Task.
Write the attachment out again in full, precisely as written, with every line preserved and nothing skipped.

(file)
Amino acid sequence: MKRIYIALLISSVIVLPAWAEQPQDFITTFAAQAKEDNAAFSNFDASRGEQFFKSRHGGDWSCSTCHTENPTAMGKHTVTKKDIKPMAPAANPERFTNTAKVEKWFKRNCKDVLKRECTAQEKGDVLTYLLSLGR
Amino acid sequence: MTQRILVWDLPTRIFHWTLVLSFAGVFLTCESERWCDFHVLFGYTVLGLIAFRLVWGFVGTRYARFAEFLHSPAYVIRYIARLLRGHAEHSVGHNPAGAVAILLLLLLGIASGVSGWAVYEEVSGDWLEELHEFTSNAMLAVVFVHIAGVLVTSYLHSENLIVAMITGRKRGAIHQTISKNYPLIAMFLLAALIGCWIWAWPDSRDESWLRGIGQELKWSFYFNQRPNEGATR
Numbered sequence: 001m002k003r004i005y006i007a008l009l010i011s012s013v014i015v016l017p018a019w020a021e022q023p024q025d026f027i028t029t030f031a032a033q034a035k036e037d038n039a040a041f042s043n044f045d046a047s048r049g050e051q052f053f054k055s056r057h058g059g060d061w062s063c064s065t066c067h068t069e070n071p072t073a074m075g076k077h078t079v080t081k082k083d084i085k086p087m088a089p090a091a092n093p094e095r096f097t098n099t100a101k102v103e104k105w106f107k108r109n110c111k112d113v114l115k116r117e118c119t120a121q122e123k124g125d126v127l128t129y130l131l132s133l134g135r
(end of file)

Amino acid sequence: MKRIYIALLISSVIVLPAWAEQPQDFITTFAAQAKEDNAAFSNFDASRGEQFFKSRHGGDWSCSTCHTENPTAMGKHTVTKKDIKPMAPAANPERFTNTAKVEKWFKRNCKDVLKRECTAQEKGDVLTYLLSLGR
Amino acid sequence: MTQRILVWDLPTRIFHWTLVLSFAGVFLTCESERWCDFHVLFGYTVLGLIAFRLVWGFVGTRYARFAEFLHSPAYVIRYIARLLRGHAEHSVGHNPAGAVAILLLLLLGIASGVSGWAVYEEVSGDWLEELHEFTSNAMLAVVFVHIAGVLVTSYLHSENLIVAMITGRKRGAIHQTISKNYPLIAMFLLAALIGCWIWAWPDSRDESWLRGIGQELKWSFYFNQRPNEGATR
Numbered sequence: 001m002k003r004i005y006i007a008l009l010i011s012s013v014i015v016l017p018a019w020a021e022q023p024q025d026f027i028t029t030f031a032a033q034a035k036e037d038n039a040a041f042s043n044f045d046a047s048r049g050e051q052f053f054k055s056r057h058g059g060d061w062s063c064s065t066c067h068t069e070n071p072t073a074m075g076k077h078t079v080t081k082k083d084i085k086p087m088a089p090a091a092n093p094e095r096f097t098n099t100a101k102v103e104k105w106f107k108r109n110c111k112d113v114l115k116r117e118c119t120a121q122e123k124g125d126v127l128t129y130l131l132s133l134g135r